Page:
chicken adobo

May 9th, 2014

chicken adobo recipe on elsie marley

The title of this post could have been, “Chicken loves vinegar.” Chicken and vinegar really do go so well together. My go-to quick dinner is boneless chicken thighs sautéed in butter and a sauce made from simply deglazing the pan with apple cider vinegar. The sauce is buttery and tangy and so, so good. So I knew chicken loved vinegar, but I didn’t really know the extend of the love affair until I made chicken adobo.

chicken adobo recipe on elsie marley

Adobo is a traditional Philippine stew made with palm vinegar, soy sauce, bay leaves, and garlic. It is usually made with pork or chicken , though I’ve seen vegetarian versions too. The amount of vinegar is shocking–cups! cups of vinegar! But simmering the stew transforms the vinegar from something shockingly acidic to something smooth and sweet.

I’ve made very traditional pork adobo, but I keep coming back to this chicken version from the book How to Eat Supper  by Lynne Rossetto Casper and Sally Swift (amazon affiliate link). The recipe calls for one big can of tomatoes and the sauce ends up so incredibly delicious I have to double it each time I make this for dinner.

chicken adobo recipe on elsie marley

Even though tomatoes are not traditional, they work perfectly. A quick search on google for Philippine + adobo + tomatoes reveals that everyone who puts tomatoes in their adobo #1 thinks it was their idea and #2 thinks they are a genius. They might as well be right. In the recipe, you cook chicken thighs in the tomatoes and vinegar until they’re done, then boil the sauce down until it is thick, syurp-y, vinegar-y, tomato-y goodness.

chicken adobo recipe on elsie marley

While the sauce is reducing–and your house smells like you are the best cook on the block–I pop the chicken thighs under the broiler to crisp up the skin a bit. Nestle the crispy chicken in that gorgeous sauce and be prepared to wow the socks off anyone who comes to the dinner table.

It might seem as though chicken adobo takes all day on the stove or at the very least half a day in the oven, but actually it’s no more than an hour start to finish. Some recipes tell you to marinate the chicken and you can, but it’s really not necessary. And you can make this days ahead of time and it just gets better and better in the fridge. The only thing you really must to do is make rice to go with this dish. All that sauce needs a vehicle to get to your mouth! My favorite is slightly sticky, medium grain white rice. A green salad with cucumbers or avocados, dressed with olive oil and a squeeze of lemon rounds out a pretty damn good dinner.

chicken adobo recipe on elsie marley



adapted from the Filipino-Style Chicken Adobo recipe in How to Eat Supper


  • 1 28-oz can whole or crushed tomatoes
  • 1 1/4 cups vinegar (apple cider is my favorite, palm vinegar is more traditional, and rice vinegar is good too. White vinegar will do in a pinch, but I don’t really like to cook with the same stuff I use to clean my toilets.)
  • 1/4 cup soy sauce or tamari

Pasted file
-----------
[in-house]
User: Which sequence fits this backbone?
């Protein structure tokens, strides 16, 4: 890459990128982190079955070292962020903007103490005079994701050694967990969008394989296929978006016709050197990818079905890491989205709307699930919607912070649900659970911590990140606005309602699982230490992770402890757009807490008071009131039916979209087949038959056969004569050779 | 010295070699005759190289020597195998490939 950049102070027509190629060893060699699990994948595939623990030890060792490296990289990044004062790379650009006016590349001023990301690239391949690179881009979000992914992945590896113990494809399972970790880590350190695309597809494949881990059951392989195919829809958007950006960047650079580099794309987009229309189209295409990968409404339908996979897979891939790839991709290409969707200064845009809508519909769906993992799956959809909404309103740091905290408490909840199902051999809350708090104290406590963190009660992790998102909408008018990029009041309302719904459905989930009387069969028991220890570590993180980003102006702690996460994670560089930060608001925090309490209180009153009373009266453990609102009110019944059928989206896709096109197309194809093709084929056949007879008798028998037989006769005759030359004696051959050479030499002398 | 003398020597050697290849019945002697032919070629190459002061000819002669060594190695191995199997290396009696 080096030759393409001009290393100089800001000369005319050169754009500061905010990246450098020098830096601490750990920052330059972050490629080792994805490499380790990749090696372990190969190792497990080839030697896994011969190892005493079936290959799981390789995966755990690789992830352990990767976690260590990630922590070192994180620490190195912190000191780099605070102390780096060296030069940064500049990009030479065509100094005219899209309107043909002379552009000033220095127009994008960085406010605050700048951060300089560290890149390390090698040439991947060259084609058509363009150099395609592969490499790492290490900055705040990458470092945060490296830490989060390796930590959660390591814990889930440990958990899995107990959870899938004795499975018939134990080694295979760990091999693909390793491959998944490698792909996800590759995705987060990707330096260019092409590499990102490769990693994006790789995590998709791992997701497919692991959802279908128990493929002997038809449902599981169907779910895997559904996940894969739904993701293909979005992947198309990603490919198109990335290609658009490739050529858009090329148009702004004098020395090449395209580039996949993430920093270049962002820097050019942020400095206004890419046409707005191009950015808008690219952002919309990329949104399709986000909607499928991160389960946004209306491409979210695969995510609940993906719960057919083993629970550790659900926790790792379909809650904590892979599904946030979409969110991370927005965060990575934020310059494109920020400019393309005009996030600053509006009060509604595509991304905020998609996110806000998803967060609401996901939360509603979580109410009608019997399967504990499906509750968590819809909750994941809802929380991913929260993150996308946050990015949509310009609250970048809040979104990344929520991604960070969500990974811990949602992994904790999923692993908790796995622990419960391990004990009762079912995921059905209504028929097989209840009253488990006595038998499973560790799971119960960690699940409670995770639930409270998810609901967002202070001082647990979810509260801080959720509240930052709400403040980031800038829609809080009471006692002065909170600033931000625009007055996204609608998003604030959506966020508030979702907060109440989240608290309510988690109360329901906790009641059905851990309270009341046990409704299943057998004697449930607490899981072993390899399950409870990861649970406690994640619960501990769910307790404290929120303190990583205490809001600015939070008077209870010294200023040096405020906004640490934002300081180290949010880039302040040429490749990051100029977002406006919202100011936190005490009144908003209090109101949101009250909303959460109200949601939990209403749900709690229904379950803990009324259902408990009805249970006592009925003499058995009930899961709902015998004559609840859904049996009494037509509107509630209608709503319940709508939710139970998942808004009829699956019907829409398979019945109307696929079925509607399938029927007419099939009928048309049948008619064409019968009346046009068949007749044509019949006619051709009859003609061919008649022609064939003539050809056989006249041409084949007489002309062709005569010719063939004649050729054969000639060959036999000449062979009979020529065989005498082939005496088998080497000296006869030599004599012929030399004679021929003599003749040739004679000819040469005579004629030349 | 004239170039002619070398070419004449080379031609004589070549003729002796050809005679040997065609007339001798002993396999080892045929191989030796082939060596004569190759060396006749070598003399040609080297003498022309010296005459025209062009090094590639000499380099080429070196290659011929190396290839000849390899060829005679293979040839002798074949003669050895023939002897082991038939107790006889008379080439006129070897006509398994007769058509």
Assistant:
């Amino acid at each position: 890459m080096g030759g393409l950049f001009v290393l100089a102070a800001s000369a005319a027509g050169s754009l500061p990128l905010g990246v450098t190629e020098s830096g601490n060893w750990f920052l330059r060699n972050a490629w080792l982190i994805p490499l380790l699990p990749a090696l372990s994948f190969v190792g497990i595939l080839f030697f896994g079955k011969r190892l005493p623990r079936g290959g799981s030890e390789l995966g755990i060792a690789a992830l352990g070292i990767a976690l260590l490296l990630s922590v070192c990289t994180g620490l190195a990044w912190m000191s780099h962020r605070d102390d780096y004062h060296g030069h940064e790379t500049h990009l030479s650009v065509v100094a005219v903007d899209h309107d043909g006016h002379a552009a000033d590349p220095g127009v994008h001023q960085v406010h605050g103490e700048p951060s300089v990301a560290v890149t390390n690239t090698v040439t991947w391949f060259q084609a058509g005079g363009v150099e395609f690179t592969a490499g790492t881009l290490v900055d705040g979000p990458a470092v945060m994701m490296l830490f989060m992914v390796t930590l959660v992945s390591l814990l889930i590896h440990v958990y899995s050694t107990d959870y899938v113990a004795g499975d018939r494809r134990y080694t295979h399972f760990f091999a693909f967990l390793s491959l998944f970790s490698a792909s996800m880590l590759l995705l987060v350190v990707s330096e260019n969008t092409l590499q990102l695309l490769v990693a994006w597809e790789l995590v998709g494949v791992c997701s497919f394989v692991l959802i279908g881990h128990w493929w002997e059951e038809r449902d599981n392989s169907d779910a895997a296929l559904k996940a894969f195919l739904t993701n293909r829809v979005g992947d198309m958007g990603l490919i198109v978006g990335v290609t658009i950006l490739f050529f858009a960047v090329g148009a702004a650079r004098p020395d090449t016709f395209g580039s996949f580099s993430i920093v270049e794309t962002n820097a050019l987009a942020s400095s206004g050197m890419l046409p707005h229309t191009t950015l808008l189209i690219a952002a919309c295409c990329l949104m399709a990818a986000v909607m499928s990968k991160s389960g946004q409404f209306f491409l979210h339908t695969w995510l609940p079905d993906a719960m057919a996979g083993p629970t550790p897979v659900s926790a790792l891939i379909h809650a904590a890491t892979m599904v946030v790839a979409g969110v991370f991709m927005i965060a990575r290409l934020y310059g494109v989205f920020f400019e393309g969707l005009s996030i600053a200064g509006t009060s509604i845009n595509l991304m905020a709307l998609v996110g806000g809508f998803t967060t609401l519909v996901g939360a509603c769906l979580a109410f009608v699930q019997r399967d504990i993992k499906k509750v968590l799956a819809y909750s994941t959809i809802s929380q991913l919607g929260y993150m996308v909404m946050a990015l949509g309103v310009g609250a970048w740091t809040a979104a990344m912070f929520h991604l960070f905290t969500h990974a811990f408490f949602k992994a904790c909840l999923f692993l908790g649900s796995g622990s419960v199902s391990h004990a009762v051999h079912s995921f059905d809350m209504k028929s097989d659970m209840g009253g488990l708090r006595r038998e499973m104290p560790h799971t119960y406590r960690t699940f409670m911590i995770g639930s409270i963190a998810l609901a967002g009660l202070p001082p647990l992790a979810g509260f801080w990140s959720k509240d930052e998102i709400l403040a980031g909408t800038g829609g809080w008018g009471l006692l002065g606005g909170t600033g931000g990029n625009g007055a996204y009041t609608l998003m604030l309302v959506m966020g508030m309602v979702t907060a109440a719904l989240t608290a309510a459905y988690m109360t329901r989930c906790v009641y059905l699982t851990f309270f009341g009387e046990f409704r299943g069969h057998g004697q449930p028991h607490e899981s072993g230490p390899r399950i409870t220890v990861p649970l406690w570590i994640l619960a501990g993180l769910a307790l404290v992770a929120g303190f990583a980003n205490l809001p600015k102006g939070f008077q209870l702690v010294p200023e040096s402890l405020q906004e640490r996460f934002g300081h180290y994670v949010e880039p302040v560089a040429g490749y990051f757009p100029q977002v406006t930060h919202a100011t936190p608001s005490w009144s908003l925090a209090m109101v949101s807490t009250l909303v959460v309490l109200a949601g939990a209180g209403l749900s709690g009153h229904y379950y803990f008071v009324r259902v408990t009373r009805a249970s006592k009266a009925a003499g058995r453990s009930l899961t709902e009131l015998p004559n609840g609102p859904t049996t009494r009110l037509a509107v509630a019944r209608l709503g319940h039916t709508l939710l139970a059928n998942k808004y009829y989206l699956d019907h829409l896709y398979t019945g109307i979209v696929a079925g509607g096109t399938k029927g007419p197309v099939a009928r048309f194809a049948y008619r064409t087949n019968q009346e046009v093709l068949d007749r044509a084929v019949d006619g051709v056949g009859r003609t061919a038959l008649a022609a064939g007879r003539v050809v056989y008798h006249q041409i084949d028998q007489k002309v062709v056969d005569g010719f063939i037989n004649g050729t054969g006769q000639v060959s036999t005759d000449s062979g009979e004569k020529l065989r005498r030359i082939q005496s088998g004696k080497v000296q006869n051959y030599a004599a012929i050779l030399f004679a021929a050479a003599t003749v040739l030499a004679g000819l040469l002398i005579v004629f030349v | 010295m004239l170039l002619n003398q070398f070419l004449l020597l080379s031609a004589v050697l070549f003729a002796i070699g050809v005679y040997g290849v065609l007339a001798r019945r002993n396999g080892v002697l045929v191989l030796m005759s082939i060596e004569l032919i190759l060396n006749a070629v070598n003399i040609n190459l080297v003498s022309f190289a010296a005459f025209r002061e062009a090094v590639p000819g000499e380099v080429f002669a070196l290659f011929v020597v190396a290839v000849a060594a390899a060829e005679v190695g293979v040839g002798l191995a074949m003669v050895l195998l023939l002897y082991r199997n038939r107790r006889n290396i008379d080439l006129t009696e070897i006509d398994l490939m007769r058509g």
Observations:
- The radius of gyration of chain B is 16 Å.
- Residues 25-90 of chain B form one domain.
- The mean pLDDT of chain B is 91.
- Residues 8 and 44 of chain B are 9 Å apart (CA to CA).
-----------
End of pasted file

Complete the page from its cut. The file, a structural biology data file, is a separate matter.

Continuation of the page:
• 4-5 garlic cloves, chopped
  • 2 bay leaves
  • 3 lbs bone in, skin on, chicken thighs
  • 2 big handfuls spinach (completely optional, but sometimes I sneak it in)


  1. Combine first 6 ingredients in a large stainless steel pot (you can then leave them in the fridge to marinate overnight if you like)
  2. Bring the mixture to a strong simmer, cover, and cook for about 25 minutes, or until the chicken is done (165-170).
  3. Remove the chicken to a sheet pan lined with parchment paper or aluminum foil.
  4. Increase the heat to high and reduce the sauce at least by half (until it is thick and syrup-y). This takes a good 10-15 minutes.
  5. While the sauce is reducing, stick the chicken thighs under the broiler for 5 or so minutes until the skin is nice and crispy.
  6. If you want to add spinach, add it now, and let it wilt in the sauce.
  7. Pour the sauce in a large, shallow bowl and nestle the chicken pieces in it.
  8. Eat! Enjoy!


Posted in food/recipes.

9 Responses to chicken adobo

  1. Jill says:

    This looks amazing! Thanks!

  2. jennifer says:

    Sounds good! Wondering, how much soy sauce – 1/4 CUP?

  3. erin says:

    oh, i think this will be a great addition to our dinner rotation. sounds delicious!

  4. Sarah Helene says:

    WOW! Your “Chicken Adobo” recipe looks delicious . . . thanks for sharing. I REALLY PLAN to prepare this entree with white rice for my family next Monday as I’m retired from teaching and have plenty of time. I don’t recall enjoying Filipino recipes, so this entree will be something new! Sarah in Minneapolis

  5. Shino says:

    This must be good. We, Japanese stew chicken with (a lot of) vinegar too. I love chicken drumettes stewed with vinegar, soy sauce and sugar. It’s super easy and delicious. I have to give this adobo try (and I’ve been wondering what is “adobo” for years, thanks for letting me know).

  6. This looks so good! Wonder if my hubby would realise there’s vinegar in there?

  7. Cristina says:

    Thanks! This chicken was a huge hit at our house tonight. I served it with baked sweet potato and steamed asparagus.